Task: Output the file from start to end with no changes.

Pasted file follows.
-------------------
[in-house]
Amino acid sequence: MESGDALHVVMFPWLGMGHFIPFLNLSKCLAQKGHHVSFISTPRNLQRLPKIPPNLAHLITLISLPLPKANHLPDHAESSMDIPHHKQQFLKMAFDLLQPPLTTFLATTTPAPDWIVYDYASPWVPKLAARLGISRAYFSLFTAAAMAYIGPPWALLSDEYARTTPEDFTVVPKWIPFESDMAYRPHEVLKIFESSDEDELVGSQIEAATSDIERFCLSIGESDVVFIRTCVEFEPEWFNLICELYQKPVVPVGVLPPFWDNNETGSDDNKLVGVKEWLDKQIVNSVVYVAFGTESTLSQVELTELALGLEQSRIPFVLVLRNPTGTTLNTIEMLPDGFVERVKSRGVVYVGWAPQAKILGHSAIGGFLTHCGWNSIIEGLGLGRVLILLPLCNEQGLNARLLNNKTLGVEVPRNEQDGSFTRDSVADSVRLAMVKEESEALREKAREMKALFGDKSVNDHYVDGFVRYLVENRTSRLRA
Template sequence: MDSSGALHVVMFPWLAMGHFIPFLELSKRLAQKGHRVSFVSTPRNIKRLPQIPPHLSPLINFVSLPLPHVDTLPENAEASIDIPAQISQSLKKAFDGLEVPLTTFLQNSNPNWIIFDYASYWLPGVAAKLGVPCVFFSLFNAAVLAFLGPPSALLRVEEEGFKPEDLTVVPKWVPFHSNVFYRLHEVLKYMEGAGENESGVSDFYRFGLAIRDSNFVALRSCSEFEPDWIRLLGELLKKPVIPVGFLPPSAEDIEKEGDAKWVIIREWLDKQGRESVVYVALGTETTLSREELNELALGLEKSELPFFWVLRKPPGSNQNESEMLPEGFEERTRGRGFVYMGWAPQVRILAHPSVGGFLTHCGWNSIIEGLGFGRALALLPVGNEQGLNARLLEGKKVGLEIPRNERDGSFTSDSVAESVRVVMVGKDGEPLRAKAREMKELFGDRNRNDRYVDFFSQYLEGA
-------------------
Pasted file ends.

[in-house]
Amino acid sequence: MESGDALHVVMFPWLGMGHFIPFLNLSKCLAQKGHHVSFISTPRNLQRLPKIPPNLAHLITLISLPLPKANHLPDHAESSMDIPHHKQQFLKMAFDLLQPPLTTFLATTTPAPDWIVYDYASPWVPKLAARLGISRAYFSLFTAAAMAYIGPPWALLSDEYARTTPEDFTVVPKWIPFESDMAYRPHEVLKIFESSDEDELVGSQIEAATSDIERFCLSIGESDVVFIRTCVEFEPEWFNLICELYQKPVVPVGVLPPFWDNNETGSDDNKLVGVKEWLDKQIVNSVVYVAFGTESTLSQVELTELALGLEQSRIPFVLVLRNPTGTTLNTIEMLPDGFVERVKSRGVVYVGWAPQAKILGHSAIGGFLTHCGWNSIIEGLGLGRVLILLPLCNEQGLNARLLNNKTLGVEVPRNEQDGSFTRDSVADSVRLAMVKEESEALREKAREMKALFGDKSVNDHYVDGFVRYLVENRTSRLRA
Template sequence: MDSSGALHVVMFPWLAMGHFIPFLELSKRLAQKGHRVSFVSTPRNIKRLPQIPPHLSPLINFVSLPLPHVDTLPENAEASIDIPAQISQSLKKAFDGLEVPLTTFLQNSNPNWIIFDYASYWLPGVAAKLGVPCVFFSLFNAAVLAFLGPPSALLRVEEEGFKPEDLTVVPKWVPFHSNVFYRLHEVLKYMEGAGENESGVSDFYRFGLAIRDSNFVALRSCSEFEPDWIRLLGELLKKPVIPVGFLPPSAEDIEKEGDAKWVIIREWLDKQGRESVVYVALGTETTLSREELNELALGLEKSELPFFWVLRKPPGSNQNESEMLPEGFEERTRGRGFVYMGWAPQVRILAHPSVGGFLTHCGWNSIIEGLGFGRALALLPVGNEQGLNARLLEGKKVGLEIPRNERDGSFTSDSVAESVRVVMVGKDGEPLRAKAREMKELFGDRNRNDRYVDFFSQYLEGA